You can't help but feel the maternal touch of
She exudes warmth, calm and centeredness that brings to mind ideal qualities of a mom. Her voice is honeyed and clear, her answers are specific and instructional, and when she says, "Oh, child," it's like getting a hug.
It's a role she knows well.
In the '80s, Rashad was the wise, witty and loving mother, wife and professional woman Clair Huxtable in the hit television series "The Cosby Show," which ran eight years.
She also received a
In 2005 Rashad won a Tony Award for playing Lena, the mother determined to see a better life for her family in the Broadway revival of the 1959 play "A Raisin in the Sun" — and later in a 2008 television production.
Along the way, she's played some mean mothers, from Medea to the matriarch in "The House of Bernarda Alba" to to the razor-tongued druggie mom in "August: Osage Country."
But "Raisin in the Sun" — which centers on a black family in 1950s Southside Chicago and its dream of a escaping the city for the suburbs — holds a special place in her heart because the Lorraine Hansberry play has been an important part of her life. She's played several of the
"When I was in elementary school [in Texas] I remember seeing pictures from the original production in Ebony and Jet Magazine, Life and Look magazines, too," she says during a recent break in rehearsals in New York. "And then as a theater student at
When Rashad was a young actress performing in the tour of "To Be Young, Gifted and Black," a compilation of Hasberry's works, she was asked to consider the role of Beneatha in the play for the 1973 Broadway musical 'Raisin.' "I said I'd love to do it but I was great with child. But I said I have a sister [actress-dancer-choreographer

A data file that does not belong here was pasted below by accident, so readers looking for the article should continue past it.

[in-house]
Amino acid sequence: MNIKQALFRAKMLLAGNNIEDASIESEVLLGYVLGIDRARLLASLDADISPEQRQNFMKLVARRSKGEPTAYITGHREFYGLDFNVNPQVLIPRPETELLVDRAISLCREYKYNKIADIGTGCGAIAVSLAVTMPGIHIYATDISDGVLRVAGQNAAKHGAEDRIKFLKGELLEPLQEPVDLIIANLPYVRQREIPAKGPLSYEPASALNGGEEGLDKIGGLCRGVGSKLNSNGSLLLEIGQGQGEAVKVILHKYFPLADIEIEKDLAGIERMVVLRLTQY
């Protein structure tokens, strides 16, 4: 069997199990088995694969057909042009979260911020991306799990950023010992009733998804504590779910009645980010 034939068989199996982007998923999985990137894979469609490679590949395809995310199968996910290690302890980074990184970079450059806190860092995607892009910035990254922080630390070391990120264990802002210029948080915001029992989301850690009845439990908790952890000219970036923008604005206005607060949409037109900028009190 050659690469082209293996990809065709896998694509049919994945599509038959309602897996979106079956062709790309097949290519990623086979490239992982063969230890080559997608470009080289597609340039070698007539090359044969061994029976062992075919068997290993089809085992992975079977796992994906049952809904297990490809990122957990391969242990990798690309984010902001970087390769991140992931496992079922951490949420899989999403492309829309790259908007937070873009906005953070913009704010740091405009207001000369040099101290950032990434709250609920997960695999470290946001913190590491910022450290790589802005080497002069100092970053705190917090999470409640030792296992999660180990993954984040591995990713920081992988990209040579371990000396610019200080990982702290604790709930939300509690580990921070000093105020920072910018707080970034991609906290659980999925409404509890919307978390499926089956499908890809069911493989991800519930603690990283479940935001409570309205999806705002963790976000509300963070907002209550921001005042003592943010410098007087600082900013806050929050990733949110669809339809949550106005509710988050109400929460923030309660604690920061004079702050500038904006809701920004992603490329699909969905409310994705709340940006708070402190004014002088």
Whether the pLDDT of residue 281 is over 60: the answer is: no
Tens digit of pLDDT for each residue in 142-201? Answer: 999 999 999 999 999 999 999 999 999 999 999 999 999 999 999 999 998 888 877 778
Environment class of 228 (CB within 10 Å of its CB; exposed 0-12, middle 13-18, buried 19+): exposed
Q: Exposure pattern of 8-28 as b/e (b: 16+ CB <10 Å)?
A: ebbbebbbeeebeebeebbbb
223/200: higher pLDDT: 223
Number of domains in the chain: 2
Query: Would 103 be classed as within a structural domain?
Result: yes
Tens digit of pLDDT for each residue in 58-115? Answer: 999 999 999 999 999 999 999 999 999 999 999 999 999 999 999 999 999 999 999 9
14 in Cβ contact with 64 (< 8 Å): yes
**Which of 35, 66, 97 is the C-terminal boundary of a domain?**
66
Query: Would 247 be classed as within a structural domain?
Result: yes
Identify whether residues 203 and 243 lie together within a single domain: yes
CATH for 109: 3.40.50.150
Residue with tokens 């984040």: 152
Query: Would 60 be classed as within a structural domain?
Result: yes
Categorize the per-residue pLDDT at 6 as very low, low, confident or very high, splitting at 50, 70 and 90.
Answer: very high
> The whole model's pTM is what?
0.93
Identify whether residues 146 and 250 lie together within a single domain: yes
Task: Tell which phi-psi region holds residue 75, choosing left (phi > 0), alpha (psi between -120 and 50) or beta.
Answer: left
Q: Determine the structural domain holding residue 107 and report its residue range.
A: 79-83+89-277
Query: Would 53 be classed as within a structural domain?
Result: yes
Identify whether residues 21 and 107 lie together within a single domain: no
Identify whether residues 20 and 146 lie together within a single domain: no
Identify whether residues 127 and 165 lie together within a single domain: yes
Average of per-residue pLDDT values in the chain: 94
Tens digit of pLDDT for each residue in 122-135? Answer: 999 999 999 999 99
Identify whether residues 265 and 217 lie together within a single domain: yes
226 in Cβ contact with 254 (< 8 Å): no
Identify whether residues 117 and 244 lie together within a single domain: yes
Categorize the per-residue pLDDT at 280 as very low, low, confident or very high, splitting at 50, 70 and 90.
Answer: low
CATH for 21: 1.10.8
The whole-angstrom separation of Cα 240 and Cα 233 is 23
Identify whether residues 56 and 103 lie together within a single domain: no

"Then years later, I performed in the 25th anniversary production, directed by Hansberry's cousin, [that also included] my son, Bill, who was 10 years old at the time, playing Travis. That was at the time I was just starting on 'The Cosby Show.' "
Eight years ago director Kenny Leon called Rashad and asked her to play the determined mother Lena in a revival he was planning for Broadway, one that also starred Sean Puffy Combs (P. Diddy) and Audra McDonald.
The offer came on the heels of the world premiere of "Gem of the Ocean" in Los Angeles — but before it would eventually make it to Broadway.
"That production made me sensitive to history, and to time," she says of the Wilson play..
When she began rehearsals for the revival of "Raisin in the Sun," she says she found that the 1959 play says Lena's age is 55, which would make her birth in 1904, the year "Gem of the Ocean" is set.
"Then I started to make connections I had never made before," she says. "Connections to my own grandparents and great grandparents and my Aunt Denny who lived on a farm. I began to understand Lena, not as a piece of furniture with a wig on or some 'matriarch' thing — which is so boring and that didn't make sense to me, But I began to understand the human being and her personal history, why that little plant [in the story of the play] meant so much to her. I knew she was a woman who could reach back and touch slavery, that she grew up listening to those old people who came out of bondage. She would also have a clear idea about what was happening in the country [during the first half of the 20th Century] in terms of race relations. I understood it as if it were my own life. I understood it!"